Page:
The Bible describes historical events, among other things. If you don’t also study the secular history of the origins of the books, you are in no position to say whether it’s true even after reading it, in the same way that I’m in no position to say whether a textbook on hematology is factually correct after simply reading it cover-to-cover. Hematology isn’t my field, and aside from a lecture on anemia to which a friend took me once, I don’t know a lick about it. I’m comfortable enough with my lack of knowledge on the subject, and honest enough about my ignorance, to say that.
Why does it matter who wrote the Bible or where it came from?
The Bible makes claims about the existence of a god, who this god is, how many gods there are, where the world came from, where humans, animals, plants, water, etc came from, what we are to do & how we ought to act, what happens to our consciousness after we die, and lots of other things.
Imagine that I offered you a book. In this book, it says that the there is a god, and his name is Omai. He created the universe and humans. The book says that animals were once humans a long time ago, but were made animals because of bad things they did. The universe consists of four parallel layers, or levels. The top layer, called “duku ka misi,” is empty, but at one time was inhabited by ancient beings that now have dropped down into lower levels. The second layer is called “hedu ka mis” or the sky level. It is where the spirits of dead men and women reside. It is a lot like Earth, except the people there are young and beautiful and the food tastes better. “Hei ka misi,” or Earth, is the next layer, as we see it, and the last layer is the “hei ta bebi” or “underworld.” The Amahi-teri, or demons, live in the underworld and bring misfourtune and harm on humans. All evil on the Earth layer comes from the Amahi-teri on the underworld layer.
What would your reaction be to this? You would probably write it off as untrue, mythological and invented at best. Why would you react this way?
I think the obvious answer would be that you have absolutely no reason to believe this book is true. First of all, we don’t know who wrote it, and we have no reason to trust that this person or people is/are experts on the subject or had any real knowledge of where the universe came from. Further, this story clearly disagrees with what we have observed about our world using the tools of modern science, logic, and evidence.
As you may have guessed, this is a real worldview; the Yanomamö Indians of the Amazon in Brazil & Venezuela believe that the universe is, in fact, four layers as described above. Their mythology is oral, so there is no book, only the written versions of this story which come anthropologists who have transcribed it, but no one really believes that this story is true… right?
His name is Davi Kopenawa, and he is considered by many South American governments, NGOs, and other Yanomami to be the official spokesperson of his people. He is a shaman and activist working to protect the Yanomami’s autonomy and keep their land free from loggers and gold miners. In his words (translated from Portuguese, which he learned from Christian missionaries to his village):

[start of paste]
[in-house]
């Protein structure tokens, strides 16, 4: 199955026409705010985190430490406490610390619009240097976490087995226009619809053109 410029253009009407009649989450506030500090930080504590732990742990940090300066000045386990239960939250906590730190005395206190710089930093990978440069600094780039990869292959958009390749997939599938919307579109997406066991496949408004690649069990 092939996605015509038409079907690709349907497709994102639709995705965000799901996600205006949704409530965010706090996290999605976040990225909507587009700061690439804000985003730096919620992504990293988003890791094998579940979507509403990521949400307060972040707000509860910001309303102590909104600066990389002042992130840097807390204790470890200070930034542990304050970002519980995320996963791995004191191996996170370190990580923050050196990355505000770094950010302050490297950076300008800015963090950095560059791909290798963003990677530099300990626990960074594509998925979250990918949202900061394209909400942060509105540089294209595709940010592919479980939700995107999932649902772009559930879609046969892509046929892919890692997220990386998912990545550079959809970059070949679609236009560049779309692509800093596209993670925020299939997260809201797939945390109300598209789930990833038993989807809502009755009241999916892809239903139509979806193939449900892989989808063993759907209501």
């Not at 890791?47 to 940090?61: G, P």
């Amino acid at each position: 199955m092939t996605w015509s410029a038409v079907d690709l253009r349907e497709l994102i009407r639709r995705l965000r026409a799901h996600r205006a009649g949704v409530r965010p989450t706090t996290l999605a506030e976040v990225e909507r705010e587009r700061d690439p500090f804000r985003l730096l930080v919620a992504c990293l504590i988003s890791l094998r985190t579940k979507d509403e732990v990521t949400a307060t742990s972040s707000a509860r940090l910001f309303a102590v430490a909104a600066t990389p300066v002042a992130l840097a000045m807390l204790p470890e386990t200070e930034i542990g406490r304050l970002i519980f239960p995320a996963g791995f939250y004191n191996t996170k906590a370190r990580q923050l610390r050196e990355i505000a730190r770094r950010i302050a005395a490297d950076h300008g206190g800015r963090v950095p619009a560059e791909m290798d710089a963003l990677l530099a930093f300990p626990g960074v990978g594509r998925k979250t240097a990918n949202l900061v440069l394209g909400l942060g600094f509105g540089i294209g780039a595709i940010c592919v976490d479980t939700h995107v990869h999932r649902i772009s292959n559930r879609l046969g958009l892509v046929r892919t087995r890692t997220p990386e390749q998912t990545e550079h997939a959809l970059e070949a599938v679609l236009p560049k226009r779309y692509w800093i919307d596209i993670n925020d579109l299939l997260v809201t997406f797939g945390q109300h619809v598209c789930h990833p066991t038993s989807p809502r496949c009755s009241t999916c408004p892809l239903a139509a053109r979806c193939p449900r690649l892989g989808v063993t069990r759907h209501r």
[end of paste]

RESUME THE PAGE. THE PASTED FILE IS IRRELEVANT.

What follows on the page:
I want to speak giving the message from Omai. Omai is the creator of the Yanomami who also has created all the shaboris that are the shamans. The shaboris are the ones that have the knowledge, and they sent two of us to deliver their message.
Oh, okay. So it’s settled then. It doesn’t matter what geologists, astronomers, theoretical physicists, meteorologists, biologists, historians, anthropologists, et al have discovered. He says Omai is the creator, and our work here is done. Scientists, time to dust off the ol’ résumé.
We don’t believe Davi Kopenawa because he has no idea what he’s talking about. As much as I respect him as an activist, he believes these myths are true because that’s what he was told, and he is incorrect.
Now, I want to go back to the picture I posted at the top of this page, the one of the biblical scribe. This is probably what one of the authors of the Bible looked like. I’ll put them side-by-side if it helps:
Reader, I ask you: Do either of these guys qualify as experts on the origins of the universe? They both were born a very, very long time after the universe began. Do either of these guys qualify as experts on whether or not a god exists, how many gods there are, what their names are, or what they want us to do? The guy on the left says Omai exists and the guy on the right says Yahweh exists. They both make claims about how we ought to live our lives, what happens after we die, where humans came from, and the meaning of life, based on ancient mythologies passed down to them over the generations.
Tradition is not an authoritative source for knowledge about the structure, age, or origin of the universe. In logic, this is called an argumentum ad antiquitatem (argument from tradition) – it’s true because we’ve always done it this way. There are many other examples of things we have realized aren’t true, despite centuries or even millennia of oral tradition. The Bible is just as man-made as the Yanomamo creation mythos, just as unbelievable, and just as false.
Don’t believe me? Here is where the Bible came from:
I look forward to reading your comments in the section below.
Until next time,
Dave Muscato is Vice President of MU SASHA. He is a junior at Mizzou majoring in economics & anthropology and minoring in philosophy & Latin, and posts updates to the SASHA blog every Monday, Thursday, and Saturday. His website ishttp://www.DaveMuscato.com.